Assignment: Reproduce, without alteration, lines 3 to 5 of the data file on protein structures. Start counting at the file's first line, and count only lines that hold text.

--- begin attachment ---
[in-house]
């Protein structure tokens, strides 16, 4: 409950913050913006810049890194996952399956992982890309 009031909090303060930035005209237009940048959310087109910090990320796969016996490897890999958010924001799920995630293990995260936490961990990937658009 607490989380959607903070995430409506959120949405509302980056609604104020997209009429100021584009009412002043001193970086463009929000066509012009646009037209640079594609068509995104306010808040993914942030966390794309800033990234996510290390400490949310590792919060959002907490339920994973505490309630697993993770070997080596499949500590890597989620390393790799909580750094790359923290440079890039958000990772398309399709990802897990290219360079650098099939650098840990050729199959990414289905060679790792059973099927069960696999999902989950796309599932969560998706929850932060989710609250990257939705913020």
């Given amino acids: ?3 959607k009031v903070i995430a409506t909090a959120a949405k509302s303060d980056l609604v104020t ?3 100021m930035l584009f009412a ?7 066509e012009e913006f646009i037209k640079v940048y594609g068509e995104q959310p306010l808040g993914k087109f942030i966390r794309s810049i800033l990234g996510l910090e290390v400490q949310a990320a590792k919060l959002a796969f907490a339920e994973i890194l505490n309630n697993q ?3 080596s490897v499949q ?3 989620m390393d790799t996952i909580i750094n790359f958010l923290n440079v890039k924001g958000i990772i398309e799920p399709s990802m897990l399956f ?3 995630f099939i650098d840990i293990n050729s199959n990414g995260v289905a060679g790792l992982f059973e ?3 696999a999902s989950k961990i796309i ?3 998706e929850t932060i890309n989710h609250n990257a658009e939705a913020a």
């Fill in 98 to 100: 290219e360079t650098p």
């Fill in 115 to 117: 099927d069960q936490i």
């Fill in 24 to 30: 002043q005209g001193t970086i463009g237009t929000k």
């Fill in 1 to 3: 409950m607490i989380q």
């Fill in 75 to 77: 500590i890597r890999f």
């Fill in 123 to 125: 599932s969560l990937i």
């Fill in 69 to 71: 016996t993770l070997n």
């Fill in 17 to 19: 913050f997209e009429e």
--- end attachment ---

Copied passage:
């Given amino acids: ?3 959607k009031v903070i995430a409506t909090a959120a949405k509302s303060d980056l609604v104020t ?3 100021m930035l584009f009412a ?7 066509e012009e913006f646009i037209k640079v940048y594609g068509e995104q959310p306010l808040g993914k087109f942030i966390r794309s810049i800033l990234g996510l910090e290390v400490q949310a990320a590792k919060l959002a796969f907490a339920e994973i890194l505490n309630n697993q ?3 080596s490897v499949q ?3 989620m390393d790799t996952i909580i750094n790359f958010l923290n440079v890039k924001g958000i990772i398309e799920p399709s990802m897990l399956f ?3 995630f099939i650098d840990i293990n050729s199959n990414g995260v289905a060679g790792l992982f059973e ?3 696999a999902s989950k961990i796309i ?3 998706e929850t932060i890309n989710h609250n990257a658009e939705a913020a």
């Fill in 98 to 100: 290219e360079t650098p």
């Fill in 115 to 117: 099927d069960q936490i």